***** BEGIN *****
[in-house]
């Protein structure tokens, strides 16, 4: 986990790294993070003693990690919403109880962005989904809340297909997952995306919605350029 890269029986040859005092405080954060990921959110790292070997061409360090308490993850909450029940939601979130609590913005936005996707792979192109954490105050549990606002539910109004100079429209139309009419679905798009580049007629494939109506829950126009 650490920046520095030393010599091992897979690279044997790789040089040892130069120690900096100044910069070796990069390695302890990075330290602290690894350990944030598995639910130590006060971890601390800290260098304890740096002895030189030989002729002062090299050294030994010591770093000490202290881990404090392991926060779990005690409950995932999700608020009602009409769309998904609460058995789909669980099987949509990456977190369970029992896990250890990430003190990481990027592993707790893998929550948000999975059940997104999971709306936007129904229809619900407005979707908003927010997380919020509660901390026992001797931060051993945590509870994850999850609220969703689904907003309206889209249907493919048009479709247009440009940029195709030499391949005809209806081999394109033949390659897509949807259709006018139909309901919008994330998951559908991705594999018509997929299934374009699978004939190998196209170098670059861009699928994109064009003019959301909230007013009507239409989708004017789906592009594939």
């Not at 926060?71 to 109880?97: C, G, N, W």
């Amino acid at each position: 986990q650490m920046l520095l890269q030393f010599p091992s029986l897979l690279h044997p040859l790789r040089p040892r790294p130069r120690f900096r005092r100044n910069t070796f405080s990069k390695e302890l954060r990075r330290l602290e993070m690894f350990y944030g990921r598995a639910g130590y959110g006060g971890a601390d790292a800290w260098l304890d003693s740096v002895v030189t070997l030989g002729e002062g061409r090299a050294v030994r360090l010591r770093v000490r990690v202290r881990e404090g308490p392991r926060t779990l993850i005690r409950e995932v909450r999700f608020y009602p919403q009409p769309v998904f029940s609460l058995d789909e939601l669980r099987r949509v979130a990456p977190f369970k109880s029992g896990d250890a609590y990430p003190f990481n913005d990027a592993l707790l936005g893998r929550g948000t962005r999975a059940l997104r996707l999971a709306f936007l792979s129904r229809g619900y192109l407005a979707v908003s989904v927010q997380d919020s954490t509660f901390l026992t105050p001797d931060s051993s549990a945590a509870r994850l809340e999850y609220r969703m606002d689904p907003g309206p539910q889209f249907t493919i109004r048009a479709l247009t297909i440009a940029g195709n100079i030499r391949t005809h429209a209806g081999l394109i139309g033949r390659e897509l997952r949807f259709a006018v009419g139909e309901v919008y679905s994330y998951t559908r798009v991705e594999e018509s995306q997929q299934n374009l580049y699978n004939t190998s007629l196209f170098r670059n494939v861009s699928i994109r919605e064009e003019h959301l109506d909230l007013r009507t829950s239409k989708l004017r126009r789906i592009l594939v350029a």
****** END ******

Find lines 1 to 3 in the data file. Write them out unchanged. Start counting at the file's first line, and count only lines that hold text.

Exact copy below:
[in-house]
């Protein structure tokens, strides 16, 4: 986990790294993070003693990690919403109880962005989904809340297909997952995306919605350029 890269029986040859005092405080954060990921959110790292070997061409360090308490993850909450029940939601979130609590913005936005996707792979192109954490105050549990606002539910109004100079429209139309009419679905798009580049007629494939109506829950126009 650490920046520095030393010599091992897979690279044997790789040089040892130069120690900096100044910069070796990069390695302890990075330290602290690894350990944030598995639910130590006060971890601390800290260098304890740096002895030189030989002729002062090299050294030994010591770093000490202290881990404090392991926060779990005690409950995932999700608020009602009409769309998904609460058995789909669980099987949509990456977190369970029992896990250890990430003190990481990027592993707790893998929550948000999975059940997104999971709306936007129904229809619900407005979707908003927010997380919020509660901390026992001797931060051993945590509870994850999850609220969703689904907003309206889209249907493919048009479709247009440009940029195709030499391949005809209806081999394109033949390659897509949807259709006018139909309901919008994330998951559908991705594999018509997929299934374009699978004939190998196209170098670059861009699928994109064009003019959301909230007013009507239409989708004017789906592009594939």
């Not at 926060?71 to 109880?97: C, G, N, W």